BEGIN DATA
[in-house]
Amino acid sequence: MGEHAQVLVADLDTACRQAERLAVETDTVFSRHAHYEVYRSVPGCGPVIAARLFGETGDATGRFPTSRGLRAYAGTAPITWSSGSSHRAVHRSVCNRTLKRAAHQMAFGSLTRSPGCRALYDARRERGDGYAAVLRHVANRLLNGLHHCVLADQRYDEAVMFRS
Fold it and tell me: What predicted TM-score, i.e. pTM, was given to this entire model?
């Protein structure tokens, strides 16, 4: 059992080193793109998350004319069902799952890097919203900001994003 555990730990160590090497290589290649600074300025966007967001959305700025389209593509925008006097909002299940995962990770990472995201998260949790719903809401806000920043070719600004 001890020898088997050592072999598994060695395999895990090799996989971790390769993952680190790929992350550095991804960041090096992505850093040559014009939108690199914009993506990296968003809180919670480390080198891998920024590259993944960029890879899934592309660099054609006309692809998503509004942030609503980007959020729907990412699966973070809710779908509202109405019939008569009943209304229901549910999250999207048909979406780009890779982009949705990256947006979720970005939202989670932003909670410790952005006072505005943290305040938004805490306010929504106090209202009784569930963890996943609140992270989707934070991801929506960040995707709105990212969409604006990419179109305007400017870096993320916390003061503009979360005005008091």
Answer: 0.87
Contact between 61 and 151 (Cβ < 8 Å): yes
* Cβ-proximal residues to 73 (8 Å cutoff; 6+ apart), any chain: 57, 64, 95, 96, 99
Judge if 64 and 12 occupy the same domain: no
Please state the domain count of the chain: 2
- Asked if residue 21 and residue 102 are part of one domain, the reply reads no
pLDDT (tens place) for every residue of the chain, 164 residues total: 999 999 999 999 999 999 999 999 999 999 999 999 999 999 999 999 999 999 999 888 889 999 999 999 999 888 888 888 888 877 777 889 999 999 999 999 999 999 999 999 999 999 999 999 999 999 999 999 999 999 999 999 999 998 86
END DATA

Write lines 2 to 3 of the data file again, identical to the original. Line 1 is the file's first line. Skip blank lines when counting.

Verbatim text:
Amino acid sequence: MGEHAQVLVADLDTACRQAERLAVETDTVFSRHAHYEVYRSVPGCGPVIAARLFGETGDATGRFPTSRGLRAYAGTAPITWSSGSSHRAVHRSVCNRTLKRAAHQMAFGSLTRSPGCRALYDARRERGDGYAAVLRHVANRLLNGLHHCVLADQRYDEAVMFRS
Fold it and tell me: What predicted TM-score, i.e. pTM, was given to this entire model?